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Discussion Starter · #1 ·
I want to remove my front bolts to bring the front end down and use longer bolts in the rear. I want my ride height to be 26in in the front and 26.25in in the rear with a full gas tank.

After I do this will it be possible to get my car aligned and corner weighted properly? Thanks.
 

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Aligned yes. Corner weighted no.

The front bolts are what controls ride height and with them gone you can't adjust the height and hence the weight on that corner. You will get what you get for corner weight. :cheers:
 

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Discussion Starter · #3 ·
Thanks for the info. So when you get the car corner weighted is it normal to have all 4 corners ride height a little different afterwards?
 

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georges03zo6 said:
Thanks for the info. So when you get the car corner weighted is it normal to have all 4 corners ride height a little different afterwards?
Yes, but it is probably not going to be visually apparent.

A small change in ride height on a corner makes a big difference in corner weight. And, there are many ways to impact corner weights.

For example, if I need to add weight to the RF/LR cross, I can:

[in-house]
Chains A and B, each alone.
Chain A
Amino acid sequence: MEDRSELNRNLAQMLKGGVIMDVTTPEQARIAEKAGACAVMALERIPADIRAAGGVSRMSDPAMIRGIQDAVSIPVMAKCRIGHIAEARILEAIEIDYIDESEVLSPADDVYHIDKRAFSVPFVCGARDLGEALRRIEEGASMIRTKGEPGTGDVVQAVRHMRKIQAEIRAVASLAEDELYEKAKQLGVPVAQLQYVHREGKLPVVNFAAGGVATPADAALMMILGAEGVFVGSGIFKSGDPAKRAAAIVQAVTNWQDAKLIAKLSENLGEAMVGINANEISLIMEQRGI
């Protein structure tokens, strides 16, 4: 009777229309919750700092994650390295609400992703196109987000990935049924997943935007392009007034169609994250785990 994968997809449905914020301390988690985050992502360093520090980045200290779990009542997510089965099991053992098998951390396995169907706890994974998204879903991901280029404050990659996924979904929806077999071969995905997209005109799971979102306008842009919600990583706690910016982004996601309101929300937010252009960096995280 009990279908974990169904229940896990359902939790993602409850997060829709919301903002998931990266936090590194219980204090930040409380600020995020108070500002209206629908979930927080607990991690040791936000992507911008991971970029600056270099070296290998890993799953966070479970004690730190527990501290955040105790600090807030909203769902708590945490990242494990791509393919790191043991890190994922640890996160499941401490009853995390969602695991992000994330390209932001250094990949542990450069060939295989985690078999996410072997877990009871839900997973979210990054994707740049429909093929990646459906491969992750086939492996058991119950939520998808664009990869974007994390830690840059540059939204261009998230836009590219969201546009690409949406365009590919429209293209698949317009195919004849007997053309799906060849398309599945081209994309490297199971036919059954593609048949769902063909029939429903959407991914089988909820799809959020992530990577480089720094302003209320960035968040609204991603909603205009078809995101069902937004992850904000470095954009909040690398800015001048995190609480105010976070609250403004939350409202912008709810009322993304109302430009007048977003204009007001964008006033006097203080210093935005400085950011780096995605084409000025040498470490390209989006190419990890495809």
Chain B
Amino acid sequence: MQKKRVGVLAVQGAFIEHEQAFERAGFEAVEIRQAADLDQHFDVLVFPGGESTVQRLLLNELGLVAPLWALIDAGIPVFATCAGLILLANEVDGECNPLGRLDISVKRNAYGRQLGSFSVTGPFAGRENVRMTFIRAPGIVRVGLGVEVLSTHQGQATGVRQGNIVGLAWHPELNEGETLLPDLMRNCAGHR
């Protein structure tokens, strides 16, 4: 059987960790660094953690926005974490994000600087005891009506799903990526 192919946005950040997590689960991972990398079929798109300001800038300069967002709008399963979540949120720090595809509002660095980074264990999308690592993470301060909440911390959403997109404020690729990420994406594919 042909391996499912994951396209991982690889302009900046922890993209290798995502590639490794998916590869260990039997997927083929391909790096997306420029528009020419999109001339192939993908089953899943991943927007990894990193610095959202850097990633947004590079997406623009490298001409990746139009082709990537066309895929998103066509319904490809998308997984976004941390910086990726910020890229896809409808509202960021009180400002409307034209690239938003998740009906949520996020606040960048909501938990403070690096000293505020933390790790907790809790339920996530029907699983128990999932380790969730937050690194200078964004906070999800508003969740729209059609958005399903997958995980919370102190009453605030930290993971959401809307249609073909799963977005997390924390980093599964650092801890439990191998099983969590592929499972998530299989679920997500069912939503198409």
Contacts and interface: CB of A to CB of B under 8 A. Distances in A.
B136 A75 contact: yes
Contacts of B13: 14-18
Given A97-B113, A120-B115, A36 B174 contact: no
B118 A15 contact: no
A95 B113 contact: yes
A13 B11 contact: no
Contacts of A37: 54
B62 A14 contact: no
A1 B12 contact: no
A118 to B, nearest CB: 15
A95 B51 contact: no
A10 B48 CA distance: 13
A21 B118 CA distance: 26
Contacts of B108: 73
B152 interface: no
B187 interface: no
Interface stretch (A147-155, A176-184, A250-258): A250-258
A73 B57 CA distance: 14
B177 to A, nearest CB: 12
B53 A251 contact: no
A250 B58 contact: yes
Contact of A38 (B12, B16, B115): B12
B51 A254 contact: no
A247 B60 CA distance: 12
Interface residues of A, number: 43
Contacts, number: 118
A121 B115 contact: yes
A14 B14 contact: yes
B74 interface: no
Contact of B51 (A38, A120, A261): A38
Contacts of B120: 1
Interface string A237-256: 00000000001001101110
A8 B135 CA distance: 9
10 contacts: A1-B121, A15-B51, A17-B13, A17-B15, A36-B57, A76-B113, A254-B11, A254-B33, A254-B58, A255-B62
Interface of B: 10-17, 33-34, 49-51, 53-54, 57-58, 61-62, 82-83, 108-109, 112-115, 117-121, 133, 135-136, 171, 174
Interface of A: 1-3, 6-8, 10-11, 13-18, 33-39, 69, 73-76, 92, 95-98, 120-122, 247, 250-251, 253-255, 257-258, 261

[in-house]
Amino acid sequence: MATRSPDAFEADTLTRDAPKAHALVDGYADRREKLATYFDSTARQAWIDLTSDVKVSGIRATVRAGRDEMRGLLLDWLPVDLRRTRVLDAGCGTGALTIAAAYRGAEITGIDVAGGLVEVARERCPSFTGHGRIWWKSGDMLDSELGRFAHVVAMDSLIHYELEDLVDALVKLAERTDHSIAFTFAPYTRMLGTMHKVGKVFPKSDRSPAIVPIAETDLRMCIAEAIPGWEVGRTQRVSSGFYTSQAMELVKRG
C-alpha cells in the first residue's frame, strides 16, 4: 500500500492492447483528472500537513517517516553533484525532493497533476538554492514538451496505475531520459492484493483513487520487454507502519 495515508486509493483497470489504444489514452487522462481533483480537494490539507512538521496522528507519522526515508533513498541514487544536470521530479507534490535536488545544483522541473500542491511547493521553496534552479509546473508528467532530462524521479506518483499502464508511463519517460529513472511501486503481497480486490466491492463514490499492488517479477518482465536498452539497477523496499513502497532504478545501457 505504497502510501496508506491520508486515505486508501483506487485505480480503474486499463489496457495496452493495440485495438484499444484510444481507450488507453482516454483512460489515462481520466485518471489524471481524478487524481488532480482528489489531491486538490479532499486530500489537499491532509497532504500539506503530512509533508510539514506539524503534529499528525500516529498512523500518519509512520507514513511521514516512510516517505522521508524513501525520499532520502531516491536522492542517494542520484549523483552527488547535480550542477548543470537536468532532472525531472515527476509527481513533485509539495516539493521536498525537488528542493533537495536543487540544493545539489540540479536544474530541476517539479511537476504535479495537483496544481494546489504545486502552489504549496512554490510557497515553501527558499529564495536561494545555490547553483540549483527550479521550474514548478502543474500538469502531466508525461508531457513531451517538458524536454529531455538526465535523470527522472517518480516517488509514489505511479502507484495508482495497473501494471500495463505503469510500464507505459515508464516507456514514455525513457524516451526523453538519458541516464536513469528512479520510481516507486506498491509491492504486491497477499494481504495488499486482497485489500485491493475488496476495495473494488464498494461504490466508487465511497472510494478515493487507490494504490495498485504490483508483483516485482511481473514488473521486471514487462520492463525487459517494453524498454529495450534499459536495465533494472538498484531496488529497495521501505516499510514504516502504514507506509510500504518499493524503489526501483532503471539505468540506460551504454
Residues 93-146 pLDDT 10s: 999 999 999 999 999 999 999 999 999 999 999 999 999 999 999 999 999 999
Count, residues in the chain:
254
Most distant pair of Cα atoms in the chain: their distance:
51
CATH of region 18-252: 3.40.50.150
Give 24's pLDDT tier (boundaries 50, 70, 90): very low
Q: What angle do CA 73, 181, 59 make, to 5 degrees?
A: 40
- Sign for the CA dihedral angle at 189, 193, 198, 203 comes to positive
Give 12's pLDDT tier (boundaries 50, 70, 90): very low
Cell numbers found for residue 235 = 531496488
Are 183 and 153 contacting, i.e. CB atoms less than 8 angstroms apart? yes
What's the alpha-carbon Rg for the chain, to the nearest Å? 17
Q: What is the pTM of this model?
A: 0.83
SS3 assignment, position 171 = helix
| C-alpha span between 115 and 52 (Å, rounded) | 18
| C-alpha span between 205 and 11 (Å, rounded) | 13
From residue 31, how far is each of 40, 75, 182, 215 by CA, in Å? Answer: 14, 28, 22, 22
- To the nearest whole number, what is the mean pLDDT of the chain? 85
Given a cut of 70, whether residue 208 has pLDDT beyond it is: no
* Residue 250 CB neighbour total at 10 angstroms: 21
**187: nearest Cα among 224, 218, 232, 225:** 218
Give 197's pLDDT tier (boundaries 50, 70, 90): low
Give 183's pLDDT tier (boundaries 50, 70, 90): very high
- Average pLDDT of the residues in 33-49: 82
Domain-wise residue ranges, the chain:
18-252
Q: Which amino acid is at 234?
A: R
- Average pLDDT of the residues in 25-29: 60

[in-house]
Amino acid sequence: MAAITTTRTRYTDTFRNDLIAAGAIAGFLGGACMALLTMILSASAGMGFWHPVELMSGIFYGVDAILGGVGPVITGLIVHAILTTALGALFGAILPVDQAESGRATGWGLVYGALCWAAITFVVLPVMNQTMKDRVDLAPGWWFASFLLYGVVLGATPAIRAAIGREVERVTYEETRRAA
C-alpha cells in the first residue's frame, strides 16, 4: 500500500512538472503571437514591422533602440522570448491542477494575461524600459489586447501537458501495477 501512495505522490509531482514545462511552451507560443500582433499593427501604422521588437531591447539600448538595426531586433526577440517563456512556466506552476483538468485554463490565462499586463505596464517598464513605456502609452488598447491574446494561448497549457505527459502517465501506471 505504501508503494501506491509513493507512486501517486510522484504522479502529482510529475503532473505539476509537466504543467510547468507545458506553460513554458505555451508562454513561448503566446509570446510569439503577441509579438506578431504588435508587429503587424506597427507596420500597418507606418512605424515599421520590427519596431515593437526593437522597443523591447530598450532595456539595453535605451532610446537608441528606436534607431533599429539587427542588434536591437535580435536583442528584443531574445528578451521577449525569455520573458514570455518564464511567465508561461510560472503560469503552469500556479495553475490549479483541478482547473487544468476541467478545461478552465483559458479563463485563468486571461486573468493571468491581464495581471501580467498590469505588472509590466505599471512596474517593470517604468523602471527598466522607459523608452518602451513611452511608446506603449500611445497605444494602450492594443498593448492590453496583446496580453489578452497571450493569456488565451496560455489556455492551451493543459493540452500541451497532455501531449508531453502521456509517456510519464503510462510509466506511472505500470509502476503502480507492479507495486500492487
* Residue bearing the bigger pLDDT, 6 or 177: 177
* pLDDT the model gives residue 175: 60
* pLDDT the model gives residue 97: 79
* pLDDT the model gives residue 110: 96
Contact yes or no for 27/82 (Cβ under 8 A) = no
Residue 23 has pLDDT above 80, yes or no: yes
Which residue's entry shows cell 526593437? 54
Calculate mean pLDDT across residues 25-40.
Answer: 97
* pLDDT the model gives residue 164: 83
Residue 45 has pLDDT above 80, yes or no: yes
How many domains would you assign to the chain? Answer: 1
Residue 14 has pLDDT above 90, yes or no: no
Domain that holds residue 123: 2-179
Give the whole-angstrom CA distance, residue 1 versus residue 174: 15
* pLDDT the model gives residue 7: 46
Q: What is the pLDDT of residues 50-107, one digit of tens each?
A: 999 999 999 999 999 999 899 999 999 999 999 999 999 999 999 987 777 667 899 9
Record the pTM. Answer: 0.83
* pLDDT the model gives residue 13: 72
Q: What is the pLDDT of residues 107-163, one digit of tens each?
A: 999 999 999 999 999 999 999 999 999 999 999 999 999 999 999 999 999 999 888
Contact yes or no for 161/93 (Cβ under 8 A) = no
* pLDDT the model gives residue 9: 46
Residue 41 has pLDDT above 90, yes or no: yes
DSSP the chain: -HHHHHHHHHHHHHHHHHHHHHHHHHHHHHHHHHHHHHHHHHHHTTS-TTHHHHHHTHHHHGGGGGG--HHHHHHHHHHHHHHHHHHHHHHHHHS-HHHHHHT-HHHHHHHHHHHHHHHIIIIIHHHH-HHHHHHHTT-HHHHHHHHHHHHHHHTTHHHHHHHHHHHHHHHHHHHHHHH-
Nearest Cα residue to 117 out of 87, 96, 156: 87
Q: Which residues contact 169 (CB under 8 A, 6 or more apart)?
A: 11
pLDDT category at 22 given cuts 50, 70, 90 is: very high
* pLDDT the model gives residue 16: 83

- Raise RF
- Raise LR
- Raise RF and LR
- Lower LF
- Lower RR
- Lower LF and RR
- Raise RF and lower LF
- Raise LR and lower RR
- Raise RF and lower LF and raise LR and lower RR

There are several other options as well. The point is there is a lot of flexibility to get ride height and corner weights pretty close to where you want them.

Here is a decent article on corner weighting:
http://www.grmotorsports.com/cornerweight.html
:cheers:
 

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I talked about this before in another thread. Be careful about lowering the car. You bottom out shocks, screw up suspension geometry and aerodynamics (rake). Either take the thing to the pros for setup or leave it alone. Just to give you an idea of how much difference it makes. From 03 (suspension set all the way down) to 04 (letting Phoenix set it up correctly) was worth 3 seconds per lap to me!!!!!!!! And the car is a joy to drive now!
 

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I see this all the time on the forum... . people wanting to lower the car to the point of down right low. The car needs a bit of height to allow the suspension to do it's job. It doesn't have to look like 4X4 but at the same time it can't look like a low rider and still perform. These cars are touring cars and they can do it well. Now i've said it.
Tony #54
 

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Yes you can corner weight it like that, but you need to be creative.

Its not going to be as simple as turning a bolt, and its a pain in the ass, and not at all worth it. Listen to the guys above, they know what they're talking about.

But I'll tell you how to do it anyway:

You buy yourself brass shim stock in a variety of thicknesses, and you make a shim to go under the spring on the front end. By varying the thickness of the shim, you'll tweak the corner weights.

Again, don't do it that way, play it safe.